(Reuters) - St. Louis will install temporary air conditioners in a city jail known as “the workhouse” after temperatures in the city topped 100 degrees Fahrenheit, triggering protests outside the lockup, the mayor’s office and local media reported on Saturday.
Police used pepper spray to disperse about 150 demonstrators outside the city’s Medium Security Institution (MSI) protesting the sweltering conditions in which inmates were being held, according to the St. Louis Post-Dispatch and other news outlets. At one point, some protesters scaled an exterior fence around the jail.
To provide relief, the city will install temporary A/C units starting as early as Monday, Koran Addo, a spokesman for the mayor, said in an email on Saturday.
St. Louis voters in 2015 rejected a bond measure that would have paid for more air conditioning at the jail and other public works projects.
Civil liberties groups have long criticized conditions at the jail, which has a capacity to hold more than 1,100 people. Most of those held are awaiting trial and cannot afford to pay bail required for release.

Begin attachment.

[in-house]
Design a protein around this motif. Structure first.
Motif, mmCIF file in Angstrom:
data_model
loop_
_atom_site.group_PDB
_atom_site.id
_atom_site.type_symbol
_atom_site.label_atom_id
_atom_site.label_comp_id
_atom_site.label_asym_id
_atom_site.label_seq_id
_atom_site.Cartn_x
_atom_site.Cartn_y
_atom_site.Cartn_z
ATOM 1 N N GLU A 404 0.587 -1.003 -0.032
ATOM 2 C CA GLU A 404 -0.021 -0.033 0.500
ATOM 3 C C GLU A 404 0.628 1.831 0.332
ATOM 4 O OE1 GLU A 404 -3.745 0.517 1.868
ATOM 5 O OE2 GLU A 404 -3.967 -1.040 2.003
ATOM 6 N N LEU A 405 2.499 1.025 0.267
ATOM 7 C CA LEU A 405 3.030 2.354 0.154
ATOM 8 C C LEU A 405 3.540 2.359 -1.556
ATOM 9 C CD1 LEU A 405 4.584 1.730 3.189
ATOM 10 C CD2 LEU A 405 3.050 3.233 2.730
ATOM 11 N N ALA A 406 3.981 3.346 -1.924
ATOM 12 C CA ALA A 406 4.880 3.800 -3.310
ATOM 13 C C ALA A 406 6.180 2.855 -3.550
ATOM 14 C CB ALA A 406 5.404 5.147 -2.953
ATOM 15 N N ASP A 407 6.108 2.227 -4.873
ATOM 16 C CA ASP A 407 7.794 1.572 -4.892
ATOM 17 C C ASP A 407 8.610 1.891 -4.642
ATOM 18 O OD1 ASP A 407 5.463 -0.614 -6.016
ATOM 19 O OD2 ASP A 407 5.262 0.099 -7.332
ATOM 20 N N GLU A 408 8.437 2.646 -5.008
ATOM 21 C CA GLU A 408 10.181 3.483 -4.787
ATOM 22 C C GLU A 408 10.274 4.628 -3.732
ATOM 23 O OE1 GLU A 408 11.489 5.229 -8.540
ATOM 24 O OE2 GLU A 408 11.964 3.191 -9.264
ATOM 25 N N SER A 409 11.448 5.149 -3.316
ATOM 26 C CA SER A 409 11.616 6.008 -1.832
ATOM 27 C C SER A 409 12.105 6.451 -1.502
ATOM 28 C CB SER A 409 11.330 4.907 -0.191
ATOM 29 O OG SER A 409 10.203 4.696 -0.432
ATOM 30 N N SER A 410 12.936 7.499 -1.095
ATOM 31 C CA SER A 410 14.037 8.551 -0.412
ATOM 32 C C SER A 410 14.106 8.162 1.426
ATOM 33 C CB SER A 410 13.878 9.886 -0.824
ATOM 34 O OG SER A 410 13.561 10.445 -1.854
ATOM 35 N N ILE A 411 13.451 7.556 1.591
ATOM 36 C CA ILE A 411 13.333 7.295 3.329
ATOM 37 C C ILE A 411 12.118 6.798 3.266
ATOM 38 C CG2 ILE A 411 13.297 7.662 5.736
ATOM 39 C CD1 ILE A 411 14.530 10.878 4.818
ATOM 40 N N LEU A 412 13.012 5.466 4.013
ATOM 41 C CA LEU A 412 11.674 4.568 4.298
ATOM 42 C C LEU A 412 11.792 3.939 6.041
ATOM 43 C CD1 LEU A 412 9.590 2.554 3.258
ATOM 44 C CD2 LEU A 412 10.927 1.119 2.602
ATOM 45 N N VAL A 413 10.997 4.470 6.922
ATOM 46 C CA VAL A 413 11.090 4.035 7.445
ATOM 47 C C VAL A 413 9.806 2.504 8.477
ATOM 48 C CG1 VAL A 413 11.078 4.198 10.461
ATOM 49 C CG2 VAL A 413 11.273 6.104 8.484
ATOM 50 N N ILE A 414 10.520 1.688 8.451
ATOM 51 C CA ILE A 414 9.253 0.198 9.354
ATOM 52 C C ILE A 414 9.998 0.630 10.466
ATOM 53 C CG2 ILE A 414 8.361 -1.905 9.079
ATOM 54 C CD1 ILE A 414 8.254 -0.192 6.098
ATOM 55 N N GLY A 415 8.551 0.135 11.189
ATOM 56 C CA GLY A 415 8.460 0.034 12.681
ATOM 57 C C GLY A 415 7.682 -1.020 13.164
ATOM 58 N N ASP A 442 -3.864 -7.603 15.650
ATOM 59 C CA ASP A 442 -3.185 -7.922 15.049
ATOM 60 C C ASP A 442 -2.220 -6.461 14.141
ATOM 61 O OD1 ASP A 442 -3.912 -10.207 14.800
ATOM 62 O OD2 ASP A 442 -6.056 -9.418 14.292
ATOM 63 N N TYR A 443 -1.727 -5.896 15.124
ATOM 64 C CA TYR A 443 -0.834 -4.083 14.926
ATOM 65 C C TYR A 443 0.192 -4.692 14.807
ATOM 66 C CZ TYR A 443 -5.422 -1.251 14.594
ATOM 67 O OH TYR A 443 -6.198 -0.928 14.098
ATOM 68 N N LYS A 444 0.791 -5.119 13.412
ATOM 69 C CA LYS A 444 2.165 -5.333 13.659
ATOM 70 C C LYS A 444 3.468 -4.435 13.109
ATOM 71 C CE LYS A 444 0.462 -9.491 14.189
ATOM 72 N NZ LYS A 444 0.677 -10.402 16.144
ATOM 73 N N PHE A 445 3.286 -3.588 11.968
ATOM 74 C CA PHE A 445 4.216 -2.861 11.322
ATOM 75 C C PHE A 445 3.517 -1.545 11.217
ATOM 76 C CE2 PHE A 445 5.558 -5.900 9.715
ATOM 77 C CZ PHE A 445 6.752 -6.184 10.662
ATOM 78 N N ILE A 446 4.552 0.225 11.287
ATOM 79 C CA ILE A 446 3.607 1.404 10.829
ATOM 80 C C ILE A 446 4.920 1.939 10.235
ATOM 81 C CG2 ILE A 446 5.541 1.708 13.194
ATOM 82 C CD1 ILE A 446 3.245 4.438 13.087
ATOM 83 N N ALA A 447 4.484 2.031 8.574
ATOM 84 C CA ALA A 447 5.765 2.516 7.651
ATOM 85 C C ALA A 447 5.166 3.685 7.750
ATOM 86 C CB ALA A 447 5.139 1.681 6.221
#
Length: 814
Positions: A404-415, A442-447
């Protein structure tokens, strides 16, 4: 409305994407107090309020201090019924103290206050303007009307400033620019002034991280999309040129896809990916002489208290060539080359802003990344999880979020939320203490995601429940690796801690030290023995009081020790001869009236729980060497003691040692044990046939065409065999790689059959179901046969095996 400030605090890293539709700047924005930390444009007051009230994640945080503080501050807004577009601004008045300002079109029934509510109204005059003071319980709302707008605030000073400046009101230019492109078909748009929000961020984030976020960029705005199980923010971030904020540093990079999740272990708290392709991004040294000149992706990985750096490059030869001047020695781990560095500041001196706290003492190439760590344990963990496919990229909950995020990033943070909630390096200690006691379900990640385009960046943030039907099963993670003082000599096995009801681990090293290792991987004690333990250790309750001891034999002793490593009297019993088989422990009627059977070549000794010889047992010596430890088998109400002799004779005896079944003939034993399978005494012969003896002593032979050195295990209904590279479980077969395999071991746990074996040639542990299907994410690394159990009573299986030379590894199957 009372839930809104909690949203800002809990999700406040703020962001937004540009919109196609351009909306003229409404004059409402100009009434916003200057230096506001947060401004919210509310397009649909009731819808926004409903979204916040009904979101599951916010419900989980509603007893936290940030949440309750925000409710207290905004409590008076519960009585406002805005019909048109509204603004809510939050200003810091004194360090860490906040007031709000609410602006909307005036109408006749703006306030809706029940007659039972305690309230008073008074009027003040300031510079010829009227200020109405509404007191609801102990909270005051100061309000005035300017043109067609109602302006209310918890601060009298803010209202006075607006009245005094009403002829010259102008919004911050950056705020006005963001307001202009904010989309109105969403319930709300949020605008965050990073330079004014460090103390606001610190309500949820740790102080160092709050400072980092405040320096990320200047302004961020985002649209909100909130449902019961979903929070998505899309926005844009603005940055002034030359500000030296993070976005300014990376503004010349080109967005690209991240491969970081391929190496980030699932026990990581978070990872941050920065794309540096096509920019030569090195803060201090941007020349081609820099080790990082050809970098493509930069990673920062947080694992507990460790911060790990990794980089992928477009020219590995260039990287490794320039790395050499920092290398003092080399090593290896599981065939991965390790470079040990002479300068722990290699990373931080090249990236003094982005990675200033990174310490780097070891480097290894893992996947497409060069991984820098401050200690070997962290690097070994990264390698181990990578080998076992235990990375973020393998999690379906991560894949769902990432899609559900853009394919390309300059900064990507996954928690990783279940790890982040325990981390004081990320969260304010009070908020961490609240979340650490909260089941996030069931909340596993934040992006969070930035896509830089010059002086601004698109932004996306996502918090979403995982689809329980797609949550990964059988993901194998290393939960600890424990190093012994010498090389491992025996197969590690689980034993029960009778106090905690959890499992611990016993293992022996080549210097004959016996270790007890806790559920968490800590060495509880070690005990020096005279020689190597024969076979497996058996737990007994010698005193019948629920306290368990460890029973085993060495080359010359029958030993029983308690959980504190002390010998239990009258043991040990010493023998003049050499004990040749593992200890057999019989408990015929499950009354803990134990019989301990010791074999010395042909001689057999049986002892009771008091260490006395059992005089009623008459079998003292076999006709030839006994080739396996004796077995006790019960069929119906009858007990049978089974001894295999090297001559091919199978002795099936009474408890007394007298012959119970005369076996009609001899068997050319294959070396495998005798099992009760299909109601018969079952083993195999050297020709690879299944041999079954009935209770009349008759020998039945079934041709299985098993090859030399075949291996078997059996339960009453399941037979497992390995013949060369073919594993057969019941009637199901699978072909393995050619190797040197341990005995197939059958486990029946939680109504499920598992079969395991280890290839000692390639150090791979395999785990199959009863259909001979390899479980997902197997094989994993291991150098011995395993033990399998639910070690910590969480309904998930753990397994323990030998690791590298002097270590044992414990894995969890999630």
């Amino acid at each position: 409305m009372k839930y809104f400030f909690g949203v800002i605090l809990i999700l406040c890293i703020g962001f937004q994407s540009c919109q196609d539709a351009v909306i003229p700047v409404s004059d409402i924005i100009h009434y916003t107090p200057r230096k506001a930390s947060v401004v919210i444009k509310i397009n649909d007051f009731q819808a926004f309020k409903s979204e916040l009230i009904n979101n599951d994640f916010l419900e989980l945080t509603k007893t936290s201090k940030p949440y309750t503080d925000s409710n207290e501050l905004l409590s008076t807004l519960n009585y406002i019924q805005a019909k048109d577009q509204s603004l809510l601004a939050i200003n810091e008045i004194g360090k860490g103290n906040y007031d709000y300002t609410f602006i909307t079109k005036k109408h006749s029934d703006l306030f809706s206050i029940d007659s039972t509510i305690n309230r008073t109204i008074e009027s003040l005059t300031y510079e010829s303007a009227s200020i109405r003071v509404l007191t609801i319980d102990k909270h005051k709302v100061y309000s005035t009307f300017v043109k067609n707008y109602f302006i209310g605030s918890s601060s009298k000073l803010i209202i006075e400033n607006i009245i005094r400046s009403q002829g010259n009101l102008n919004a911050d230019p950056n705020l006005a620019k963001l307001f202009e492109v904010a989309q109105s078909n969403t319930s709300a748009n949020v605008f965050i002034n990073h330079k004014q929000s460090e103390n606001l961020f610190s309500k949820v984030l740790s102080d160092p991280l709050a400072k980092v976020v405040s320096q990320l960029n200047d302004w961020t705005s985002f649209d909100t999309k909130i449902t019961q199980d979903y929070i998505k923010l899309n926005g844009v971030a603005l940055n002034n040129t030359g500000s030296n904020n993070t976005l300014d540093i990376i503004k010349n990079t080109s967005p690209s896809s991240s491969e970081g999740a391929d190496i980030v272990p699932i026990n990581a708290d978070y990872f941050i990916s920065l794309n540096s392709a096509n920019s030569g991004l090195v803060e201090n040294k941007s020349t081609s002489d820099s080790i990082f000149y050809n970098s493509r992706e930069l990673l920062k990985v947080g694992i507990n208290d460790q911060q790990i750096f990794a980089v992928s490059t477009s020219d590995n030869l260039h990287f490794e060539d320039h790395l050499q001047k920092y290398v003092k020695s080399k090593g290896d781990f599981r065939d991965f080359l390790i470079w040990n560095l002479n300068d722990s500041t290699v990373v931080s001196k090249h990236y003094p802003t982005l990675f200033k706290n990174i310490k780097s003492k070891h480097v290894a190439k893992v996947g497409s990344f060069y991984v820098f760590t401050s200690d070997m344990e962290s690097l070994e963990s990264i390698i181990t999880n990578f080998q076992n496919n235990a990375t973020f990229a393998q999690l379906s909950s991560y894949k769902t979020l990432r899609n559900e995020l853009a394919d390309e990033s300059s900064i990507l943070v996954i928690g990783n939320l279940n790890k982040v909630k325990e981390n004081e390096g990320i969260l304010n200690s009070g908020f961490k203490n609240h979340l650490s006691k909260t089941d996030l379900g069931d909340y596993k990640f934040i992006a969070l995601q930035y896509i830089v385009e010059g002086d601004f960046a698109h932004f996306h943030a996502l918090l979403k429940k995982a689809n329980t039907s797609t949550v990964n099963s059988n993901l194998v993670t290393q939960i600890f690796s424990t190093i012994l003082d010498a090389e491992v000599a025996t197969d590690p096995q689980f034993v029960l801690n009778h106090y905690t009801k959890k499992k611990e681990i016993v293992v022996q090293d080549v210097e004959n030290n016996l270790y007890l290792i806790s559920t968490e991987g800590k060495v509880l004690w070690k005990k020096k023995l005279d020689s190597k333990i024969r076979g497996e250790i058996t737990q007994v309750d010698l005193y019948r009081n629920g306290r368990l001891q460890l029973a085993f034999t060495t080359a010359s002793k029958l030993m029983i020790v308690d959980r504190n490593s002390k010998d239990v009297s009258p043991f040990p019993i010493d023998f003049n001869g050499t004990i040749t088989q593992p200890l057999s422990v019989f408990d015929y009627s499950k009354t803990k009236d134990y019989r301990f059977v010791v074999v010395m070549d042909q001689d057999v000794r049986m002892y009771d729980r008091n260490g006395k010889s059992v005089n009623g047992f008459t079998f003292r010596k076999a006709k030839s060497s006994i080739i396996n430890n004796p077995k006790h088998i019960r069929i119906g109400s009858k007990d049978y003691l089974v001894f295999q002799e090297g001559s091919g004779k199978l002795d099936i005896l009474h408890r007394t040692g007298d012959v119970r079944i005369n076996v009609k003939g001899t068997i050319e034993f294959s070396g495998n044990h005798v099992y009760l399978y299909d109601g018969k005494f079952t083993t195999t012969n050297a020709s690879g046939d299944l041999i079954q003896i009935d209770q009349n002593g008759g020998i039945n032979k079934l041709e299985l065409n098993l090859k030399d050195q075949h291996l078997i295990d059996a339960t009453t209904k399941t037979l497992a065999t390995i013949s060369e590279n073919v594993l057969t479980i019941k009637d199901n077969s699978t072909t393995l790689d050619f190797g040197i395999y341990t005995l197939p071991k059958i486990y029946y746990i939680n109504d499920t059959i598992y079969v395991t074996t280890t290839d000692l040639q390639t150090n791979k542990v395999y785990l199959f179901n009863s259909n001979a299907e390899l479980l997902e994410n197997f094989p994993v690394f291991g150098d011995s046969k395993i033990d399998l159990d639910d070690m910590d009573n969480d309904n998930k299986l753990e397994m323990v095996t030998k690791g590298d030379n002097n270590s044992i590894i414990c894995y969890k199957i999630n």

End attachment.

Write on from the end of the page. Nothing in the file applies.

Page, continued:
“The conditions in the St. Louis Jail are a horrific reminder of how dehumanizing our criminal justice system is for everyone involved,” Marbre Stahly-Butts, an advisory committee member of the activist group National Bail Out Fund that lobbied for the change, said in a statement.
The mercury in St. Louis was expected to climb to 104 degrees Fahrenheit (40 degrees Celsius) on Saturday, according to the National Weather Service, which issued heat warnings and advisories for parts of the U.S. Midwest. The heat wave is expected to last through the weekend, said National Weather Service meteorologist Bob Oravec.
Areas of the jail where women and inmates with medical issues are housed do have air conditioning, St. Louis Mayor Lyda Krewson said in a statement. Inmates are relying on cold towels and fans in other areas, she said.
State Senator Jamilah Nasheed, a Democrat from St. Louis, joined the protesters on Friday, according to the St. Louis Post-Dispatch. Protesters chanted “shut it down” outside the jail’s barbed-wire fence, according to video posted to social media.
Representatives for the jail and the city’s police did not return calls seeking comment about the protests.
Reporting by Alex Dobuzinskis in Los Angeles; Editing by Leslie Adler and Chris Reese